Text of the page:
Symptoms of the problem include rapid battery drain and longer charge times than usual. Some users are reporting that their devices are losing over 50 percent charge in less than 30 minutes, and seeing large drops of around five percent within minutes of normal use.
The issue seems to be software-related because multiple users are experiencing battery life sticking at a high percentage before dropping, as well as seeing a sudden gain in battery life after restarting their device.
The affected iPhones all appear to be slightly older, such as the iPhone XS, iPhone 7, iPhone 6S, and first-generation iPhone SE. The 2018 iPad Pro running iPadOS 14.2 also seems to be affected.
iOS 14.2 and iPadOS 14.2 arrived just two weeks after iOS 14.1 and iPadOS 14.1, in the second major updates to the iOS and iPadOS 14 operating systems that were released in September. The update included new emojis, Intercom, AirPods Optimized Battery Charging, People Detection, and new wallpapers.
There are no new reports suggesting that the battery issue was fixed in iOS 14.2.1, which sought to address bugs with MMS messages, made for iPhone hearing devices, and a significant issue with screen responsiveness on the iPhone 12 mini.
The third developer and public betas of iOS 14.3 and iPadOS 14.3 have already been released, so it is possible that Apple may fix the problem in that update. The third major update to iOS 14 and iPadOS 14 brings support for Apple ProRAW, as well as refinements to Home, Health, and Weather.
Users with older devices may wish to hold off on updating to iOS 14.2 if they have not already done so, until the issue has been fixed by Apple.
Five big lessons experts say Canada should learn from COVID-19: – Coast Mountain News
In light of the COVID-19 pandemic, The Canadian Press interviewed a group of leading Canadian experts in disease control and epidemiology and asked them what should be done to reduce the harms the next time a germ with similar destructive potential emerges. Here are the five most important lessons they offered:
1. Socio-economic and health inequities have made some people more vulnerable
COVID-19 has exposed fault lines in the Canadian society by showing how long-standing inequities contributed to higher rates of infections and mortality, said Steffanie Strathdee, a Toronto-born epidemiologist at the University of California in San Diego.
“The people who are, by and large, getting COVID are people who are poor, or of-colour, or living in poor socio-economic conditions,” Strathdee said.
In an analysis of COVID-19 deaths between March and July, Statistics Canada found that death rates because of the virus were double in Canadian neighbourhoods where more than 25 per cent of the people are members of visible minorities compared to neighbourhoods where minorities are less than one per cent of the people.
Strathdee said people in many areas in Canada have limited health services.
“In my sister and mother’s region of Stouffville (a suburb of Toronto), it’s very, very difficult to get a doctor,” she said.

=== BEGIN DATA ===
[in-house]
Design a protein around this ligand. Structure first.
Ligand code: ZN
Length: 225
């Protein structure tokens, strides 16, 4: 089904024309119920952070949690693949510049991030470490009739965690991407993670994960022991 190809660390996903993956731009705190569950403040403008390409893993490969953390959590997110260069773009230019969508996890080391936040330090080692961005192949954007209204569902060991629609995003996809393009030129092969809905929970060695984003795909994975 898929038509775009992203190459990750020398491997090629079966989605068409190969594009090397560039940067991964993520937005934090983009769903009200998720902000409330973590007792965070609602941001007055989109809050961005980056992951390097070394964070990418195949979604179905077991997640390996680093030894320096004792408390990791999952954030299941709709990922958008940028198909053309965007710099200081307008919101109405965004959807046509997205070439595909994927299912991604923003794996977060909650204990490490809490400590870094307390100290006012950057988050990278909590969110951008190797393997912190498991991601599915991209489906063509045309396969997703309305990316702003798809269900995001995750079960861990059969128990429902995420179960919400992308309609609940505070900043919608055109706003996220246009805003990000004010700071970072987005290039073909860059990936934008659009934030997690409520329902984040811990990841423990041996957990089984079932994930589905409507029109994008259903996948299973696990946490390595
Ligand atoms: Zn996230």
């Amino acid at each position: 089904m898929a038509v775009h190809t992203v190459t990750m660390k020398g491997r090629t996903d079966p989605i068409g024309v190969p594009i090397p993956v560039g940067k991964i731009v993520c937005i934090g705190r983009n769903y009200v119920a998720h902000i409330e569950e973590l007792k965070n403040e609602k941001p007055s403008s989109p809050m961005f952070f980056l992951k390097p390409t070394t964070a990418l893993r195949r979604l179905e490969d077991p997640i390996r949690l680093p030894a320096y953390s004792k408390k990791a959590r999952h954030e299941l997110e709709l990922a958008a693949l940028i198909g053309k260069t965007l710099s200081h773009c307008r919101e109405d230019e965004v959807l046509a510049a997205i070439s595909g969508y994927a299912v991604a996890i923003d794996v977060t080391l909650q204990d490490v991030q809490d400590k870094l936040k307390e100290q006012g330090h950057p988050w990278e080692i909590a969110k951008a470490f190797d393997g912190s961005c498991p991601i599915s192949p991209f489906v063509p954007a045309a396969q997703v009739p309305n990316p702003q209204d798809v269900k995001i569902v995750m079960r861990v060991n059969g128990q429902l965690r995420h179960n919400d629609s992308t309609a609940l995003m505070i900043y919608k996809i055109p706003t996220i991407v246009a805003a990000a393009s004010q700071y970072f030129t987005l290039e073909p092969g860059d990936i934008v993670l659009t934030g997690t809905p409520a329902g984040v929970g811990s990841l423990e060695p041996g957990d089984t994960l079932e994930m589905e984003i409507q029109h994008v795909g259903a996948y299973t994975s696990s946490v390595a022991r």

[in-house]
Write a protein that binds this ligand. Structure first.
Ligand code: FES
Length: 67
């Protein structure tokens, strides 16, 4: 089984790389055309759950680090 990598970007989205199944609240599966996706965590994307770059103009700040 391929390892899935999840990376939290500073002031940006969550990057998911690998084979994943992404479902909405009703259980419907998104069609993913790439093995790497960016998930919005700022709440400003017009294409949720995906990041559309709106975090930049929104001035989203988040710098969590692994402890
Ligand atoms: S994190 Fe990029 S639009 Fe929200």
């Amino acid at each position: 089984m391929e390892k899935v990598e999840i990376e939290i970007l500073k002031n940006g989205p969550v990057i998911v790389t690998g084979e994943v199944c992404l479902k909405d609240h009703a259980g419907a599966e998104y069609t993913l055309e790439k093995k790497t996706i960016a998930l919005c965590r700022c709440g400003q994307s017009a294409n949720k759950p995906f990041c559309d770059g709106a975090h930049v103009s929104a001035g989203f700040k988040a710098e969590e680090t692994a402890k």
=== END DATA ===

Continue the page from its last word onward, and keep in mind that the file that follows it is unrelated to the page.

“What we need to do is invest in our public health and health care infrastructure, because this isn’t going to be the last pandemic we see.”
University of British Columbia professor Erica Frank, a doctor and population-health expert, said almost all those who have died because of COVID-19 had pre-existing risk factors, including age.
“Not paying enough attention to reduction of chronic-disease risk has greatly increased the cohort of susceptible people to COVID,” she said.
She said there is a need to spend money on public health systems and on social determinants of health, such as housing, to decrease sickness and death.
2. Canada’s division of health-care responsibilities is inefficient
The disconnect between federal and provincial or territorial actions to fight the pandemic is getting in the way of an effective response, said Donald Sheppard. He’s the chair of the department of microbiology and immunology in the faculty of medicine at McGill University and a member of Canada’s COVID-19 therapeutics task force.
For instance, Sheppard said, after Eli Lilly’s COVID-19 antibody treatment was approved by Health Canada, bought by the federal government and greenlit by the federal therapeutics task force, British Columbia health authorities decided to reject the federal approval of the medication.
He said there many more examples, including the handling of long-term care homes.
“Quebec is screaming they want money but they’re refusing to sign on to the minimum standards of long-term care,” he said.
He said there have been poor communication and a lot of territorialism since the beginning of the pandemic.
“There should be a time when it’s all hands on deck and we don’t play games,” he said. “That didn’t happen. We saw these fragmentations between the provinces and the feds leading to, frankly, people dying.”
3. Centralized decision-making in health care stifles innovation
Sheppard said the Canadian health care system can’t be nimble because federal and provincial governments have seized control of decisions on how to handle the pandemic.
“During a new disease like a pandemic, when we’re learning about things, the people on the ground actually are learning a lot faster than the people sitting in Ottawa, Quebec City or Toronto,” he said.
He said Canadian businesses and universities have been struggling to get approval for testing strategies that use rapid tests to reopen safely.
“The way that the ministries of health are set up, they actually make it incredibly difficult to set those type of things up, because they hold on to all the power with a stranglehold.”
Sheppard said there’s no process private entities can use to launch innovative testing programs.
“The dogma from the ministries of health are simple: What we’re doing is right. There is no other better way to do anything … therefore we will not help anybody do anything different than what we’re doing. And anything other than that is a threat to our authority,” he said. “That’s the mentality, and it’s just killed innovation in the health-care setting.”
4. Lack of coordination stymied research
The COVID-19 pandemic has shown how crucial research is to inform health decisions, said Francois Lamontagne, a clinician-scientist at the University of Sherbrooke.